Chinese Foreign Minister Wang Wenbin at a press conference in Beijing, China. PHOTO: THOMAS PETER (REUTERS) | VIDEO: REUTERS

China has already reacted to the Australian Executive’s announcement and has done so in a less angry tone than it used after learning that the United States would boycott the sporting event. If the US announcement prompted Beijing to warn Washington that it would “pay the price” and threaten retaliation, the Chinese reaction to Australia’s decision has been to declare, through Foreign Ministry spokesman Wang Wenbin: ” Whether they come or not, nobody cares. ” The spokesman also stated that Australian politicians are engaged in “political posturing”. “Australia’s decision not to send political representatives to the Games shows that Australia is only blindly following what others are doing. They are not able to distinguish right from wrong, “Wenbin said at a press conference.

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China has repeatedly denied allegations of abuse in the Xinjiang region and defined the accusations against it as “fabrications.” The Administration of President Biden considers that the Chinese authorities are guilty of a genocide against the Muslim minority in Xinjiang.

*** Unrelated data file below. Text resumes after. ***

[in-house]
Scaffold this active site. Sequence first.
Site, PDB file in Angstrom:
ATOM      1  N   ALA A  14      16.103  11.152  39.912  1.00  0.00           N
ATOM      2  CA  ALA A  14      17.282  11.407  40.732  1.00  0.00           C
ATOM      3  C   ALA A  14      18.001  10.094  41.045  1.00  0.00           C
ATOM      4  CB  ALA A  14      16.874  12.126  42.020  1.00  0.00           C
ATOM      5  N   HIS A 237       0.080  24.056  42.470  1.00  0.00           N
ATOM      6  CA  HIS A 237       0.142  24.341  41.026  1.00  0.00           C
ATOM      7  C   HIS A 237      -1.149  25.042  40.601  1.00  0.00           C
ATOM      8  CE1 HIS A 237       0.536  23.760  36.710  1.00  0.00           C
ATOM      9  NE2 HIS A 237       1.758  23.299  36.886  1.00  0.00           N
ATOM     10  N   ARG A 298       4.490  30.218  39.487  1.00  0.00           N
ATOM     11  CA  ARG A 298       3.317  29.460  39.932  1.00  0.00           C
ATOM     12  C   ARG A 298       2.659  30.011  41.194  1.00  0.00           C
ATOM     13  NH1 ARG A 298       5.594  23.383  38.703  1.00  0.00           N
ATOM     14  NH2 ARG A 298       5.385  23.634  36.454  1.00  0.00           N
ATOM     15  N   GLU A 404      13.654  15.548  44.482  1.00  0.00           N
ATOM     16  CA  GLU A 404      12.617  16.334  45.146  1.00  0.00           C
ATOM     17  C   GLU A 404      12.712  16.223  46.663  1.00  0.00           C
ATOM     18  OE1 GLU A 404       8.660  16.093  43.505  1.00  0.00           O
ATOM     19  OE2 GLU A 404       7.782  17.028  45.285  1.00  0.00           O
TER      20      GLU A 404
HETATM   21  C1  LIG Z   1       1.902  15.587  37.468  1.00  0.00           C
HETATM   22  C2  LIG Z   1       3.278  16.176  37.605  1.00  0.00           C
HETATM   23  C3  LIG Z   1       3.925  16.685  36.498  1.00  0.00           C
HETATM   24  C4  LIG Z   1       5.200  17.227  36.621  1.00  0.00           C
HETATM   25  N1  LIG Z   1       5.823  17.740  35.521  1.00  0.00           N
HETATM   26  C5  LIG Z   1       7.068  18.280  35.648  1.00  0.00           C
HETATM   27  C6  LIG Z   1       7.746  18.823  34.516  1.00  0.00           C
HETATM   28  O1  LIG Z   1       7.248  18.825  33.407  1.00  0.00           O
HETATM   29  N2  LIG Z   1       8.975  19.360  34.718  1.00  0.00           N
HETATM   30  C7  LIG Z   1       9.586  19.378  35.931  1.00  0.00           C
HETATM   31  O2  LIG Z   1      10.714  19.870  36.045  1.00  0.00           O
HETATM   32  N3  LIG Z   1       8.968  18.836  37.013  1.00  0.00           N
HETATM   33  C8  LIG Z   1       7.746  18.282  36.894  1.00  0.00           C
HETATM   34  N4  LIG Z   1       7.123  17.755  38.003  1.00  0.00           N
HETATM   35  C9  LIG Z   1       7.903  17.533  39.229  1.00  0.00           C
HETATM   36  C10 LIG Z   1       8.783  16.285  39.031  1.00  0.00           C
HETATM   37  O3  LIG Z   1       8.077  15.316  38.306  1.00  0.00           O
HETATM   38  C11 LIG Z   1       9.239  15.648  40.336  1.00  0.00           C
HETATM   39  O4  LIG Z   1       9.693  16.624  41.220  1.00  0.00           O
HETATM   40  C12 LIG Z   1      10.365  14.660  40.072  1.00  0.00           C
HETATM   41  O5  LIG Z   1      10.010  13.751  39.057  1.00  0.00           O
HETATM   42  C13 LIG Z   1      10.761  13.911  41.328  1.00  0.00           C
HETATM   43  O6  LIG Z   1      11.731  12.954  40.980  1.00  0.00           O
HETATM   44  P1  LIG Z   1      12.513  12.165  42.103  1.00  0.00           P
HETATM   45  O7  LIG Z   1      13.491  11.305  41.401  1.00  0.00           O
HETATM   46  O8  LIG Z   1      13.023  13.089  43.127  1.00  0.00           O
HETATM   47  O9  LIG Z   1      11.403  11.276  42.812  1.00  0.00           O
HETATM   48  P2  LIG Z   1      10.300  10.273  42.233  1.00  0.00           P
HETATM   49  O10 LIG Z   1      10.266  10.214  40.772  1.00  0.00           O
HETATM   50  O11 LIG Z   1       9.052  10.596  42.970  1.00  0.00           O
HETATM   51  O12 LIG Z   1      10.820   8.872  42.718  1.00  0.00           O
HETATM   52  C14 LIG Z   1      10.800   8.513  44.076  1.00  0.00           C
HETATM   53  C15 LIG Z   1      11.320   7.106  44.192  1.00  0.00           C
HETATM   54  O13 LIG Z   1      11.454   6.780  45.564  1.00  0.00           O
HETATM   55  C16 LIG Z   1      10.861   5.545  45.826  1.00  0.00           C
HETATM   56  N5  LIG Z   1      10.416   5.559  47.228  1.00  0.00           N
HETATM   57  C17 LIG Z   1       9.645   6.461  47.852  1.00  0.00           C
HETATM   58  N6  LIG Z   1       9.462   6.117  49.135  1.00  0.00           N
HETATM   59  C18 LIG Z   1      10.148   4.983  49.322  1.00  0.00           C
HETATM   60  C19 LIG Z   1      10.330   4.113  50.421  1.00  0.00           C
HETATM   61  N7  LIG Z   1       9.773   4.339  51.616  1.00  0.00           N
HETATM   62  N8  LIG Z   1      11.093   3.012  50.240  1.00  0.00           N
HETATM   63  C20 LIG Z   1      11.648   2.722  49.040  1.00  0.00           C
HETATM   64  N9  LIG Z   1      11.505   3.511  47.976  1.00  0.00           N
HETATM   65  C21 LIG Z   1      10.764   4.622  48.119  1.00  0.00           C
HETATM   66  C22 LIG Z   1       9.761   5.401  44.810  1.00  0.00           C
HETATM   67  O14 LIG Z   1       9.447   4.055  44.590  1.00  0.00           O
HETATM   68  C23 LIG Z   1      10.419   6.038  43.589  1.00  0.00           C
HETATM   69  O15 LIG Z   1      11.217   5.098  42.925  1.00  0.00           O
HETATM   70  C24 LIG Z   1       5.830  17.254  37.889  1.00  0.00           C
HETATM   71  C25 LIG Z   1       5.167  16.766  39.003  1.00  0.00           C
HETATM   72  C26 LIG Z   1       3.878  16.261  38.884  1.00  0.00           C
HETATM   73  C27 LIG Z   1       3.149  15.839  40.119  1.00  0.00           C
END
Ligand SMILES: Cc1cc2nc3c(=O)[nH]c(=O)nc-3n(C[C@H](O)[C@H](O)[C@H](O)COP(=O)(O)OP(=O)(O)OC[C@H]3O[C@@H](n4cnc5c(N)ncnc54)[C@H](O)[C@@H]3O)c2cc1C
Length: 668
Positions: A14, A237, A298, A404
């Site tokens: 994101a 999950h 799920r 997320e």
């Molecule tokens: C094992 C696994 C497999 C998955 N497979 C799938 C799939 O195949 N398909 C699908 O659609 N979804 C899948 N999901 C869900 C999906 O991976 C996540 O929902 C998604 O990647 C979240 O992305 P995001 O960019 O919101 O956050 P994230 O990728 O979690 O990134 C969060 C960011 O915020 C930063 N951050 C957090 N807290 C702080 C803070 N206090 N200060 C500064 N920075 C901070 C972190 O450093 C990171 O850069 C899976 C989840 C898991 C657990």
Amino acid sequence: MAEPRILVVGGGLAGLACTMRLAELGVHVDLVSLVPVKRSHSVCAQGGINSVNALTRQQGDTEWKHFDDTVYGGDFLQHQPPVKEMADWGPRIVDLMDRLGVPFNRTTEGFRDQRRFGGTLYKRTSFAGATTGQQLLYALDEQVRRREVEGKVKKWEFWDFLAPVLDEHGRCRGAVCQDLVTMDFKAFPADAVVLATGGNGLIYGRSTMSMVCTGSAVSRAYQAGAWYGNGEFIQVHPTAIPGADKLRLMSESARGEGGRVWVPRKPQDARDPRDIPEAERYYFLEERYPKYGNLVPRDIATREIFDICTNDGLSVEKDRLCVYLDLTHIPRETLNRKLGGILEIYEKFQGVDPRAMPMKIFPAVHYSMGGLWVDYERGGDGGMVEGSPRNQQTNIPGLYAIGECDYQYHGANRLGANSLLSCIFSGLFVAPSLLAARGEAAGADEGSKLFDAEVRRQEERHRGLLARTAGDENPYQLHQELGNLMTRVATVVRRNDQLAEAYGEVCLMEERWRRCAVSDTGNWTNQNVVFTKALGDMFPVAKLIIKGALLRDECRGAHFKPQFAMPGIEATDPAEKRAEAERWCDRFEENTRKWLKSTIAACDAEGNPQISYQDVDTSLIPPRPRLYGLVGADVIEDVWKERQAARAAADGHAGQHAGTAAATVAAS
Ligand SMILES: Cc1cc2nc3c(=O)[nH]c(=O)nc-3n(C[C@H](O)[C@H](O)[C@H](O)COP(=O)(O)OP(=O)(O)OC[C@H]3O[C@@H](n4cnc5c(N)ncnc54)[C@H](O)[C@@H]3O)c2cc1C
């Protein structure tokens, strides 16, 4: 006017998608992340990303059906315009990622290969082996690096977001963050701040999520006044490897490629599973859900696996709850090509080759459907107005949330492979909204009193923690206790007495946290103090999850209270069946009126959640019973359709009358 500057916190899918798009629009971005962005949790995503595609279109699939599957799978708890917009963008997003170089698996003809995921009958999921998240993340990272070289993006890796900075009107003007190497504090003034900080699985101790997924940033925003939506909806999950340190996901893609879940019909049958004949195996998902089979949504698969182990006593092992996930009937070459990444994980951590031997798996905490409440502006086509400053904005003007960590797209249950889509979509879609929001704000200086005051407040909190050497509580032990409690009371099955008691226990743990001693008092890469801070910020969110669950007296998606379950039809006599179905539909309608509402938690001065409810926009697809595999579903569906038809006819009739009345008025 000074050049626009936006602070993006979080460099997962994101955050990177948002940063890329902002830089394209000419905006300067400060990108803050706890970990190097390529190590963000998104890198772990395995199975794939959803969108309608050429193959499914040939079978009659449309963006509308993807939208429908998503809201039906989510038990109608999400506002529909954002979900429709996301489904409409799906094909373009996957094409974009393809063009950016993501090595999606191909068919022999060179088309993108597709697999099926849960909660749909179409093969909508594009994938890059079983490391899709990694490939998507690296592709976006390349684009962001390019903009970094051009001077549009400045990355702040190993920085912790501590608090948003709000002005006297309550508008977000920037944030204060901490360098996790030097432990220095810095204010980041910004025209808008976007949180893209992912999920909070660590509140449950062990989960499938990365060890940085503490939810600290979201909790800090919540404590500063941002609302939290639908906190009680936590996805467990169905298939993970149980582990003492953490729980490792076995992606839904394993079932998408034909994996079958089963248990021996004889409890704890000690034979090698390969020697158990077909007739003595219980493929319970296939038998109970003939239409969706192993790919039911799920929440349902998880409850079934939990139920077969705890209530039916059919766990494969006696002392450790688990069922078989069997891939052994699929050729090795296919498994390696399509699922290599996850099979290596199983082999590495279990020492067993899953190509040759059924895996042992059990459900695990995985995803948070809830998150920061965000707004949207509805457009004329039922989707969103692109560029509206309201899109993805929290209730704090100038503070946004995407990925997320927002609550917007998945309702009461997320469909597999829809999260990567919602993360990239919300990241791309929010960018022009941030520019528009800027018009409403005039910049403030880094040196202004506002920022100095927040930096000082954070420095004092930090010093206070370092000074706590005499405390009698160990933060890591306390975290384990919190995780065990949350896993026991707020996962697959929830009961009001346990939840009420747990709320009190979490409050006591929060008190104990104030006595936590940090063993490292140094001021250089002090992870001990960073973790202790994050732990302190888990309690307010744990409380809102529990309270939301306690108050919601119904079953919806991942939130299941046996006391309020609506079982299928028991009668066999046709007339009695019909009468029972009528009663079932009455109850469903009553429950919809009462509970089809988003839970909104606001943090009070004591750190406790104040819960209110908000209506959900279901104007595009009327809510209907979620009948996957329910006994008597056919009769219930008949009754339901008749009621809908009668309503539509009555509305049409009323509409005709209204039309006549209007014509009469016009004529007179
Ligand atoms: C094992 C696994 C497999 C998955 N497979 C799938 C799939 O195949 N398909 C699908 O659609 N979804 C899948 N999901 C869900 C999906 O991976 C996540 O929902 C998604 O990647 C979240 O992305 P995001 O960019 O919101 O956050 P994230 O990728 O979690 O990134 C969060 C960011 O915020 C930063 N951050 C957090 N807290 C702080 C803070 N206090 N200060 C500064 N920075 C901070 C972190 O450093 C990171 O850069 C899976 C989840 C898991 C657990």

Ties between Australia and China, its main trading partner, are in crisis after Canberra banned the 5G broadband network of the Chinese multinational Huawei Technologies. Canberra’s calls for an independent investigation into the origins of COVID-19 have also angered the Chinese authorities, which responded by taxing imports of Australian products such as barley, beef, charcoal and wine.

The boycott announced by the United States, Australia and the United Kingdom only concerns diplomatic representatives as athletes of these three nationalities will compete in the Games. The Australian Olympic Committee has already indicated that the decision will have no impact on the preparations of its athletes to attend the event. “Diplomatic decisions” are a matter for governments, the institution pointed out.